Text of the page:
SEVERAL PIECES OF NEWS connect from one Sunday broadsheet to another in Ireland today. Most economic analysts reverberate the story that Ireland has joined the ranks of the PIIGS (Portugal, Ireland, Italy, Greece, and Spain) since the country will exceed the debt limitations imposed for members of the euro zone. In Ireland's case, things get worse because some speculators believe Ireland will not be able to repay the debt it is incurring to stay afloat in these recessionary times.  At left, one of two green stories in the Sunday papers, with the Observer pointing out kids may be eco-worriers. By the way, the voice of a toddler complements today's five-minute Qik video clip. [6.7 MB 3GP file]
New Technology. Adrian Weckler distills a Sony press briefing into nearly a half page of coverage for the brand while the Computers in Business supplement feels tired this month. In the Sunday Times, "experts at IBM have developed new technology which will pepper synthesized speed with verbal tics."  So your GPS may be able to produce local Cork-speak when you're confused in the Jack Lynch tunnel.
Green Tech. Nearly every week, yet another green technology gets pumped in the Irish broadsheets. On the front cover of the Observer Magazine, the editors ask, "Is your child an eco-warrior?"  The cover story points out how kids' lunches are often organic, children nag you about flying, pre-teens stress about polar bears, and many primary school children are crazy about recycling.
In a green feature, the Sunday Times explains how Abu Dhabi is building a $22 billion zero-carbon showcase city for 50,000 residents. 
Eircom, Downloaders and Your Music. Eircom arranged an out-of-court settlement with major record firms. Many believe "the set-up will be circumvented by technological means."  Adrian Wecklers's take on the settlement is very astute. Weckler points out that the music industry has not received permission to mount detection mechanisms inside the telco and that is a good result for internet service in Ireland.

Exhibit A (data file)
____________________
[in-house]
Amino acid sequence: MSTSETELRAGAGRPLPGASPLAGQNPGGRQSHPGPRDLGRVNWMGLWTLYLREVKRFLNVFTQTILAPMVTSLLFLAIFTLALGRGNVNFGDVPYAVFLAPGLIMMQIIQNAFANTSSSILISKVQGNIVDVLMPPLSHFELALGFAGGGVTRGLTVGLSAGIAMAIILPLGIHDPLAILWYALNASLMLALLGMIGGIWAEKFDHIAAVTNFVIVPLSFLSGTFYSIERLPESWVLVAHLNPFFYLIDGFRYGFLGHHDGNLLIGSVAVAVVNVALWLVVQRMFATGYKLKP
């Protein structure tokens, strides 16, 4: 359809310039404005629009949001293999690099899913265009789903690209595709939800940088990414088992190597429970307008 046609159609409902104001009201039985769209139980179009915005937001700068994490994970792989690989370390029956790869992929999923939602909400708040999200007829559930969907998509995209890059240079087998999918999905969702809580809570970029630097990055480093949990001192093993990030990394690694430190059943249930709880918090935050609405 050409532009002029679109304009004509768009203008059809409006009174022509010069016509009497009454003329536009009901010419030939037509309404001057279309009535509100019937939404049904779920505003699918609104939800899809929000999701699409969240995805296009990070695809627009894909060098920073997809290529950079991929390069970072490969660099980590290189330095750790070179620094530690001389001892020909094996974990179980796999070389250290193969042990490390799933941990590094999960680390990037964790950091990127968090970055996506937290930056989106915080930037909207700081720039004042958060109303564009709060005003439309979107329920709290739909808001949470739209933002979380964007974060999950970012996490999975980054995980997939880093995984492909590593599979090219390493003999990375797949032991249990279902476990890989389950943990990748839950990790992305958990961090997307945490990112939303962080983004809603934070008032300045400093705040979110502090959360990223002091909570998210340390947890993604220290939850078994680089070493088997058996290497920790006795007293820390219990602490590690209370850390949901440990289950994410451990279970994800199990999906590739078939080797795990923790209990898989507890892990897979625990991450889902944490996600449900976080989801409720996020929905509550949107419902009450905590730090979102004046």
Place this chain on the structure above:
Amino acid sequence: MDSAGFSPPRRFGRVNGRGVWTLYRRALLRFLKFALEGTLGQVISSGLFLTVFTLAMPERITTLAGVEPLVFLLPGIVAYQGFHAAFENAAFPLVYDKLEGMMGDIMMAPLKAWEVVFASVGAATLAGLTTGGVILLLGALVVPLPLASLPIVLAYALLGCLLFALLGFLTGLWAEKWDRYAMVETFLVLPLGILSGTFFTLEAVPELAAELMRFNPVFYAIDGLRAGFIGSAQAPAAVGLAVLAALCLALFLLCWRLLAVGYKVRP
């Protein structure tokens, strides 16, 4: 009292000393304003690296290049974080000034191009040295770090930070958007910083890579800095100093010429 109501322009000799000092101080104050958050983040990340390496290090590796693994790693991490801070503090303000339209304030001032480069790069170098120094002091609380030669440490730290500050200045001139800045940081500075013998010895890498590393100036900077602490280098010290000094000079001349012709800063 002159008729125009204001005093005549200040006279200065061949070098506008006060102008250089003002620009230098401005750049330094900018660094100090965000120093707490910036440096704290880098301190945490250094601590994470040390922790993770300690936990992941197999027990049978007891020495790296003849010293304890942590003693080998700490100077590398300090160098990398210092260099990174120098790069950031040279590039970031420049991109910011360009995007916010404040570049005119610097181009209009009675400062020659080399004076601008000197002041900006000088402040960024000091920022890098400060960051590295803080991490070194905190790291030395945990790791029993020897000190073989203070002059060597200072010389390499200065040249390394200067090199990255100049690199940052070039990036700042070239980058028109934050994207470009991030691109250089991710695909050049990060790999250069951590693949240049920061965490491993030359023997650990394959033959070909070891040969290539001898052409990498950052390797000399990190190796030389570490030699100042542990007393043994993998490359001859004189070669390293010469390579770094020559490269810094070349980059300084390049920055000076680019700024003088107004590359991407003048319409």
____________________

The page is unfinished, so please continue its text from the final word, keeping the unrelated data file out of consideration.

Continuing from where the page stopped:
In a related piece inside the Media section of the Observer, John Naughton points to problems with Digital Rights Management. "DRM is bad for society. It also imposes ridiculous restrictions on consumers, woh find that they cannot transfer content that they have legitimately purchased from one device to another." 
Direct link to the Qik video: http://qik.com/video/957318
0. Frank Fitzgibbon has written about the bad debt the Republic of Ireland has taken on board, including a major risk that he explains on the front page of today's Sunday Times.
1. Brendan Montague and Helen Brooks -- "Devices learn to um and er" in the News section of the Sunday Times, 1 February 2009.
2. Michael Odell -- "Little green monsters" is the cover story of the Observer Magazine, 1 February 2009.
3. Dabby Fortson -- "Green city rises from desert" in the Business Features section of the Sunday Times, 1 February 2009.
4. Liam Fay -- "We can't let music downloaders become freeloaders" in the Comment section of the Sunday Times, 1 February 2009.
5. Adrian Weckler -- "Eircom 1, Big Music 0" in the YourTech section of the Sunday Business Post, 1 February 2009.
6. John Naughton -- "Digital Rights Management isn't music to everyone's ears" in the Sunday Observer, 1 February 2009.
Last year -- "Sunday News Under Clear Blue in Ireland" included mention of "a systematic, premeditated and calculated fraud against more than a dozen financial institutions and hundreds of private investors" in the property market.